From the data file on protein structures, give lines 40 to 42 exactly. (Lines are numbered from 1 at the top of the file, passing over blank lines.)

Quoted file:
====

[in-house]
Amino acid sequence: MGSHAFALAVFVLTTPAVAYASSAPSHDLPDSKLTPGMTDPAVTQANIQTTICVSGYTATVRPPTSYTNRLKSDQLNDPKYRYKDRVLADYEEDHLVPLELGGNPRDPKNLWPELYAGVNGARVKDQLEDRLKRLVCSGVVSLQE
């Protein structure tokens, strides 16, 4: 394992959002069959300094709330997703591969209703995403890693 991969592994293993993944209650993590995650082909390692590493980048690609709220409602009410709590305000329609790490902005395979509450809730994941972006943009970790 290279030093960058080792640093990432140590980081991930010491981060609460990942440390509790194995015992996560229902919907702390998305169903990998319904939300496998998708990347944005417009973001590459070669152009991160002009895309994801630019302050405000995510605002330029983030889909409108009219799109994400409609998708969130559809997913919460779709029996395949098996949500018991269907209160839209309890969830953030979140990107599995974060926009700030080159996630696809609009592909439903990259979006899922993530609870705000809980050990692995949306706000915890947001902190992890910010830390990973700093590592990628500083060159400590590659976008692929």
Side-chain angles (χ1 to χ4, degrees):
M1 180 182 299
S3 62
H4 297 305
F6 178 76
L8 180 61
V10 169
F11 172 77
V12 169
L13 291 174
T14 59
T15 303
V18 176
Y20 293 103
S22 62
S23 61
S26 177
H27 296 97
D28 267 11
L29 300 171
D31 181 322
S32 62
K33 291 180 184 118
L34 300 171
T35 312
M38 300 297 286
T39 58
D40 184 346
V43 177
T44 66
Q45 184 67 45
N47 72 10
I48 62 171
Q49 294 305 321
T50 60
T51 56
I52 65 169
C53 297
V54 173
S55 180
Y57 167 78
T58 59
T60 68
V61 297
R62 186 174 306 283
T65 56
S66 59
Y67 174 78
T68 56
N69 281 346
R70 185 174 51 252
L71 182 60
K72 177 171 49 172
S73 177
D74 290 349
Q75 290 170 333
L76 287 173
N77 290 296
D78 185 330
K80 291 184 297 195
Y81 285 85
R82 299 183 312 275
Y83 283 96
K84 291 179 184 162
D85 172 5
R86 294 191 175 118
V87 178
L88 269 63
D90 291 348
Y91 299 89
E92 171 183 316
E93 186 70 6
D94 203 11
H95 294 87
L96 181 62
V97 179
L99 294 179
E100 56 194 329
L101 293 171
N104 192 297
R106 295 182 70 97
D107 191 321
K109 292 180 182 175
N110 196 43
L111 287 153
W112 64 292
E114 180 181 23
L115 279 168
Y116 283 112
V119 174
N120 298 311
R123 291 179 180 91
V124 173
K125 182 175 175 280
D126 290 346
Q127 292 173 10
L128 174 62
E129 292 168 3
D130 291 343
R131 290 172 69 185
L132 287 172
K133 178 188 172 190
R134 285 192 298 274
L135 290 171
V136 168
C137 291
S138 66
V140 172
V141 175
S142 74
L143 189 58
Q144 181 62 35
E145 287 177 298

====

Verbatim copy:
I52 65 169
C53 297
V54 173